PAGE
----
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    Autism- A Matter Of The Brain’s Connections
    By Jennifer Wong | June 1st 2010 03:21 PM | 4 comments | Print | E-mail | Track Comments
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    My column covers the latest primary research discoveries in the life-science discipline. Much of what is reported here are considered discoveries...

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    Mental retardation in autism is known to arise from a plethora of rare de novo mutations of key protein components in the synapse- the basic neuronal connection in the brain’s hardware. In a recent study published in Nature Genetics, Berkel and colleagues identified yet another de novo mutation associated with autism, which essentially consist of a series of loss of function mutations of the protein Shank2- a member of the postsynaptic scaffolding proteins located in the receiving end of synaptic connections known as the post-synaptic terminal (Berkel et al., 2010).

    Scaffolding proteins function to localize key synaptic proteins and signalling molecules to the postsynaptic terminals, and are required not only for effective neurotransmission, but also spontaneous strengthening and/or pruning of synaptic connections (known as synaptic plasticity) necessary for normal cognitive development in the brain. In autism, the displacement of these crucial synaptic proteins and signalling molecules results in profound synaptic defects, and thus contribute to the delayed cognitive development and mental retardation observed in autism patients (Betancur et al., 2009).

    In light of existing evidence that synaptic scaffolding proteins are mutated in cognitive disorders such as autism, the discovery of Shank2 mutations is just yet another mutation under the large list of de novo mutations associated with autism. However, unlike previous studies, Berkel and colleagues were first to use DNA microarray and sequencing technology to correlate the variations of Shank2 mutations with varying degrees or severity of mental retardation in autistic patients.

    The synapse is really a hub of proteins and signalling pathways for which scientists have very little understanding. The present study by Berkel provides the first molecular scalpel to take apart and understand the workings of the brain’s synaptic hardware. Moreover, Berkel’s approach enables one to explore the elusive synaptic mechanism underlying cognitive function, literally right down to the single nucleotide level. As autism is a multi-defective disorder in various cognitive functions including language, social skills and intelligence, Berkel’s novel molecular approach paves the way to understand how these distinct cognitive functions could be linked to the complex protein components in the synapse.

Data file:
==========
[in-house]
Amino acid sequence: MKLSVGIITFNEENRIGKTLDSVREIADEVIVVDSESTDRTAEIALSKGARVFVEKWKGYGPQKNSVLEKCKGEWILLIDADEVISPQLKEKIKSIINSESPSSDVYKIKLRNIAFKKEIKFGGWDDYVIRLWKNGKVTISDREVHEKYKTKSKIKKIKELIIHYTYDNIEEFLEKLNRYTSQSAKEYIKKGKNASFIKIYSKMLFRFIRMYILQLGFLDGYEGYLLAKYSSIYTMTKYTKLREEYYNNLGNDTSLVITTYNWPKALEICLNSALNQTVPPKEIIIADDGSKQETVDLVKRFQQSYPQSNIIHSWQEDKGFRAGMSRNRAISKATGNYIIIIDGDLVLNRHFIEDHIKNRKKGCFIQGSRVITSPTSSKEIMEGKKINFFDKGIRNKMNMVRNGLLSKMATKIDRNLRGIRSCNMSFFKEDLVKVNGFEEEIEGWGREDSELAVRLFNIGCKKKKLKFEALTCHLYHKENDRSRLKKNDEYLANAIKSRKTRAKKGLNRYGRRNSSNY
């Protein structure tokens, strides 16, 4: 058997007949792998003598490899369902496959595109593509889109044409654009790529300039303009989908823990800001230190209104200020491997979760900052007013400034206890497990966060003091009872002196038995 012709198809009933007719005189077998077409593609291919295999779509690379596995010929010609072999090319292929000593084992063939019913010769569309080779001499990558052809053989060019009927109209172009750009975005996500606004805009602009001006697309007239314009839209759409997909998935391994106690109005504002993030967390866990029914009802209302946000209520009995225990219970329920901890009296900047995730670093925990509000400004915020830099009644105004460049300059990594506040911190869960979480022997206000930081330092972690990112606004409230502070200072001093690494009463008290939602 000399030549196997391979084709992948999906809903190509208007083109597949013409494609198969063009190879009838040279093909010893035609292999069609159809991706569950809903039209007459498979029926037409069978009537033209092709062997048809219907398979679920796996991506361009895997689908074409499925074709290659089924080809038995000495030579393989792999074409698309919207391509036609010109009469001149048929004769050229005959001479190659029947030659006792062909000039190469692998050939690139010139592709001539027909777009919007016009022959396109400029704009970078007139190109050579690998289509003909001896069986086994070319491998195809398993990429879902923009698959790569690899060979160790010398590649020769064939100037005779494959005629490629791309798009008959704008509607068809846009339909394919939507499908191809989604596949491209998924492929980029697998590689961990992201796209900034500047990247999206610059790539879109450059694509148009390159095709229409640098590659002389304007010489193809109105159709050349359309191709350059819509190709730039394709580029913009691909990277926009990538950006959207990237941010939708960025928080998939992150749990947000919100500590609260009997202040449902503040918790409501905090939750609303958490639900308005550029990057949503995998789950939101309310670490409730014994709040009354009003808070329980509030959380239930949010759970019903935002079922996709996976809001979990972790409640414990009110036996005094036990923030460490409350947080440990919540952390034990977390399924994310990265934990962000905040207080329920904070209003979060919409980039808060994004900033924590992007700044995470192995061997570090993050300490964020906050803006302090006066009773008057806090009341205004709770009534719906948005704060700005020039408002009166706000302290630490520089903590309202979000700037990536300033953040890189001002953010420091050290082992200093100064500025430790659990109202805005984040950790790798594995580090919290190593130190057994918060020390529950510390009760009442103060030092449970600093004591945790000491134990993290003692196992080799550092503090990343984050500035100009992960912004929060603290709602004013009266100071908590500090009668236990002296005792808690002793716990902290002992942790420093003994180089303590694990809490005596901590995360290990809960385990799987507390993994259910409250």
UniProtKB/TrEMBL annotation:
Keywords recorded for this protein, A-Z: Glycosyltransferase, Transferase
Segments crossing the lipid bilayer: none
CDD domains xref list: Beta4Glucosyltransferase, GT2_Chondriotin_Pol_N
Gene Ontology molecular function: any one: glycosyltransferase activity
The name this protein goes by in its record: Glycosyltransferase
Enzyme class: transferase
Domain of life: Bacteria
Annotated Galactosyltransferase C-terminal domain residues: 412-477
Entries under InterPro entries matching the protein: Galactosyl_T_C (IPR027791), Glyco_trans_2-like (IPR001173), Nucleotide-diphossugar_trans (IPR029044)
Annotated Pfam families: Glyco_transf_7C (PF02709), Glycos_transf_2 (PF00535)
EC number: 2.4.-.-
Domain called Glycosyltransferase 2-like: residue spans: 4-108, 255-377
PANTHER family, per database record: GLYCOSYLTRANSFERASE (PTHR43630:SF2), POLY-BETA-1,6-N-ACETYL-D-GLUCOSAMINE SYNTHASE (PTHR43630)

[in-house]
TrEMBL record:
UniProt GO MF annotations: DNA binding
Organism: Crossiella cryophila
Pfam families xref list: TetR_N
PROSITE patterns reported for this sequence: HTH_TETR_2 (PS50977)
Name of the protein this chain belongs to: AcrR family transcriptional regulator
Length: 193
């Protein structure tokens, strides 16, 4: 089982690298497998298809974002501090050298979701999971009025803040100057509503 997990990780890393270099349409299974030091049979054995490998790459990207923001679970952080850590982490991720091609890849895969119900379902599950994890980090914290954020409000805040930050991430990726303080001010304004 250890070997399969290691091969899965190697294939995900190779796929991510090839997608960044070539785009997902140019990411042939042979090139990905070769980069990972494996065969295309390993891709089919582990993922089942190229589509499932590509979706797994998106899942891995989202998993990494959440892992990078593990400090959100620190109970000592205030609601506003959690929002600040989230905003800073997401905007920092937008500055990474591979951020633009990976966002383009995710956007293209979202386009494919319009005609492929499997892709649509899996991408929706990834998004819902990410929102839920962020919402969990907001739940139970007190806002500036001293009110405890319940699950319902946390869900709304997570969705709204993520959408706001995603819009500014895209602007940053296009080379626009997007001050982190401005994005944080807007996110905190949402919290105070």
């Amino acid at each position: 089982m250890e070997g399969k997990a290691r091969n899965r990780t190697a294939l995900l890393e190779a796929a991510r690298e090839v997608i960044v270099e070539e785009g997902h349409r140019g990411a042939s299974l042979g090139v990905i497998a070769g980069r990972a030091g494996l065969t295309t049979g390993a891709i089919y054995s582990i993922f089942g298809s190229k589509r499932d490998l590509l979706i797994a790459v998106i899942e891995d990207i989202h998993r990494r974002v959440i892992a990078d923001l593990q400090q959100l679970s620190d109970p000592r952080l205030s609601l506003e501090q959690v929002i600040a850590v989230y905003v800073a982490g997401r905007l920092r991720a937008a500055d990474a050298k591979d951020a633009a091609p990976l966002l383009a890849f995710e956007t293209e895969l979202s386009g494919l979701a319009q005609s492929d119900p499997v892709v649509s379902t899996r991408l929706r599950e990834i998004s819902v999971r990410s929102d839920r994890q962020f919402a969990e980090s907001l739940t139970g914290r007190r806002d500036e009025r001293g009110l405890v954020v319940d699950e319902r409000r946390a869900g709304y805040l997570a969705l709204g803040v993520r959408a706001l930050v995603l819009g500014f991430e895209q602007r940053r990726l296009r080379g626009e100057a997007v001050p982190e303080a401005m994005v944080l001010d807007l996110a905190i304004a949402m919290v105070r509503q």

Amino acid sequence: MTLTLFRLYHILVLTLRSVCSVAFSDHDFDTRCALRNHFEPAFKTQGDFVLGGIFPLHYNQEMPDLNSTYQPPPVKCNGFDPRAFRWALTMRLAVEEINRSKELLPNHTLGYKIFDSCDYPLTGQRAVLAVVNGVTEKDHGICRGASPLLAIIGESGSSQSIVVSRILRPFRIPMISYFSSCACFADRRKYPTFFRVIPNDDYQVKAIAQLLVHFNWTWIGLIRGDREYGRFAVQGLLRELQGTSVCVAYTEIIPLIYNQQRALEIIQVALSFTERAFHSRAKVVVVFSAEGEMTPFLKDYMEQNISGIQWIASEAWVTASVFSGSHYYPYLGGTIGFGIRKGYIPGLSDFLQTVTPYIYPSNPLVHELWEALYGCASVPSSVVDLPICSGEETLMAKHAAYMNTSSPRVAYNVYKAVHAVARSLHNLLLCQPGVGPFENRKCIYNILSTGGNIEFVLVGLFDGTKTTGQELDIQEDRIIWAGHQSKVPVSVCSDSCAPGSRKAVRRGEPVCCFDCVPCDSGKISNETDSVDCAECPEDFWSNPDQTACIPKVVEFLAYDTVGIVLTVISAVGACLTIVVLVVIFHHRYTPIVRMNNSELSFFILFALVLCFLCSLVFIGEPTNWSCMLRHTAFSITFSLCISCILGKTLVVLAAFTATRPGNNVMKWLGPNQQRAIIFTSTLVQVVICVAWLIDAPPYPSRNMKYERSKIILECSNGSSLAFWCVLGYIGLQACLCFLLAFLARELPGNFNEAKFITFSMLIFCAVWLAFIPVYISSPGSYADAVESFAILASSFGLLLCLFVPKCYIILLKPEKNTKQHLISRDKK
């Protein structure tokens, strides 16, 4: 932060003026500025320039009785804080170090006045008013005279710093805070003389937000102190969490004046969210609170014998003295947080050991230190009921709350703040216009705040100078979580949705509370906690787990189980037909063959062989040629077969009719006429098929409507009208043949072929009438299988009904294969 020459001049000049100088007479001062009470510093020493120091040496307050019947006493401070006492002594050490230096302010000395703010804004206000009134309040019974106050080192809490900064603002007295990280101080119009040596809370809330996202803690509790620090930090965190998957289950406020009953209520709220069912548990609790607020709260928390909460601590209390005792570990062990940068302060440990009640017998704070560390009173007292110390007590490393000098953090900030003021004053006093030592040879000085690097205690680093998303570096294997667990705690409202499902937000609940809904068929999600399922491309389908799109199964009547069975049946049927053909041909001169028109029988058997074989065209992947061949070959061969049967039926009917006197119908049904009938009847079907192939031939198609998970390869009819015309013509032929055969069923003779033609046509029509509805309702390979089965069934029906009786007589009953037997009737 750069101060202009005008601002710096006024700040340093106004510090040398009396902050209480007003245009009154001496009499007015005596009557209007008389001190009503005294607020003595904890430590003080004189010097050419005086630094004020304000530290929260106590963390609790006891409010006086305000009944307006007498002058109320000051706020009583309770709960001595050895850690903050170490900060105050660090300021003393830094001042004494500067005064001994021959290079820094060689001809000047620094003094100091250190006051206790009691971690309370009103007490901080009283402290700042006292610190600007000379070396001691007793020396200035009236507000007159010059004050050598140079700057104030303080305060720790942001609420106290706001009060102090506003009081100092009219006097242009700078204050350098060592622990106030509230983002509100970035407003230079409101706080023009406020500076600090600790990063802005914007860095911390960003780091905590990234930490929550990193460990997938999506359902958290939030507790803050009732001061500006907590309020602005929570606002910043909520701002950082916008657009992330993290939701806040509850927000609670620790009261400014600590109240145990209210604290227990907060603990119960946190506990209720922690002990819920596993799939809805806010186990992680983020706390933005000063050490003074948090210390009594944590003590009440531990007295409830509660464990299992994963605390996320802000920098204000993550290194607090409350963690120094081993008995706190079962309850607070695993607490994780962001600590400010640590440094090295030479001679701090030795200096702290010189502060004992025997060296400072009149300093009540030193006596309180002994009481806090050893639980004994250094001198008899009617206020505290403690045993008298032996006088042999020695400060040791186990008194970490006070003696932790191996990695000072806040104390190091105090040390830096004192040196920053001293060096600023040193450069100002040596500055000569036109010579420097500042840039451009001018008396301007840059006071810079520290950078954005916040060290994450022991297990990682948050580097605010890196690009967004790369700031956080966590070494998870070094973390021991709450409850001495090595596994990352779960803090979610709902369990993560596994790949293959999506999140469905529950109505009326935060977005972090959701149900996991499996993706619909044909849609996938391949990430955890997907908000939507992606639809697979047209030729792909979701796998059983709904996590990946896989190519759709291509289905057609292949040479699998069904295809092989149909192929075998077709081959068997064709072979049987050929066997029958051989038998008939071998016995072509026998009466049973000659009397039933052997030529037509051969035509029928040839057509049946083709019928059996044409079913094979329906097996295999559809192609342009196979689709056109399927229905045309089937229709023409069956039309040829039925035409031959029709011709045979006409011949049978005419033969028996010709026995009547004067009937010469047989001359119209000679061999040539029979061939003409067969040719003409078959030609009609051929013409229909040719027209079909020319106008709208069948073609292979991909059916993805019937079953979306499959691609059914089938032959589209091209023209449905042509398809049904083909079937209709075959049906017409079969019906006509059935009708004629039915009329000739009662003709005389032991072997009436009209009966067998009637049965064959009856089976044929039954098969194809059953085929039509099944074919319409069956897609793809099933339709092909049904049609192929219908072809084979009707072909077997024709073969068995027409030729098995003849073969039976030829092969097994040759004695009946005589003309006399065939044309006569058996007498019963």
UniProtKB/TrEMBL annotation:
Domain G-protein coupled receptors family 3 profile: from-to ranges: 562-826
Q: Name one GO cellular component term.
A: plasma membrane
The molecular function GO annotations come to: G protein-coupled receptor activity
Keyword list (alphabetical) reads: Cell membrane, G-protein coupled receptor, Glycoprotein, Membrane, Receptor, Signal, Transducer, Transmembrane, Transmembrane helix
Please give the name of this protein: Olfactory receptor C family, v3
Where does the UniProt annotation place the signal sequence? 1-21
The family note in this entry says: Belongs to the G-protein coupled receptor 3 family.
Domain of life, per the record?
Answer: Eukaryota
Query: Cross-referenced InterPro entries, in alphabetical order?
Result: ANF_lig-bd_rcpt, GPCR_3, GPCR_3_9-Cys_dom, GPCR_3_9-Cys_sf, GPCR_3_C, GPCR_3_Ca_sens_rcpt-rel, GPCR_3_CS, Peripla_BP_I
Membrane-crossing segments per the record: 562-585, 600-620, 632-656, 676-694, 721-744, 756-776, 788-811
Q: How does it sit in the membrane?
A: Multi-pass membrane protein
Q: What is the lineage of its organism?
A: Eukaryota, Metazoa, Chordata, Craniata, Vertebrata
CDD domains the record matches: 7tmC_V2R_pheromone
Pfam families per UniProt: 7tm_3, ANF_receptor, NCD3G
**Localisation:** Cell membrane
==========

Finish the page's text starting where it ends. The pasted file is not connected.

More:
References:

    Berkel, S. et al. (2010). Nature Genetics. 42, 489-491.
    Betancur, C. et al. (2009). Trends in Neuroscience. 32, 402-412.

    Comments

    Larry Arnold
    I doubt it, I suspect ulterior pharmaceutical motives behind the research, but then maybe my neurones cognitively dispose me towards such suspicion :)
    jenwong
    You're probably right. DNA sequence is likely not the answer to everything, although big shot molecular technology always sounds "sexy"  these days :). Not too sure about pharma motives though...you'll need to ask the authors.
    kmmuffy
    I think that we actually know a lot about the synapse, but thankfully not everything or I'd be out of a job.

    BTW, for anyone interested in learning more about the synapse I am helping to organize a summer symposium about the synapse that will have a live&interactive webcast so that anyone can join the symposium. 

    MiNDS Summer Symposium 2010, Big Questions in Neuroscience: The Synapse

    http://bit.ly/dnpW3S
    jenwong
    I'm a minimalist, so I tend to view the things in nature (including the synapses in our brain) to be infinitely complex.  I do realize from a neuroscientist's point of view that we know a lot about synapses, which is completely understandable given the decades of research that has gone into understanding how synapses actually work. But in my view, I think scientists have only scratched the surface of understanding synapses. Yes- scientists have uncovered a great deal of molecules in the synapse- and have come up with nice (sometimes animated) models that they could present in conferences. But whether these cute little models (based on studies from invertebrates and rodents) could represent the real thing is another story. That's why more research needs to be done. And as you say, this presents a great research niche for neuroscientists like you and I.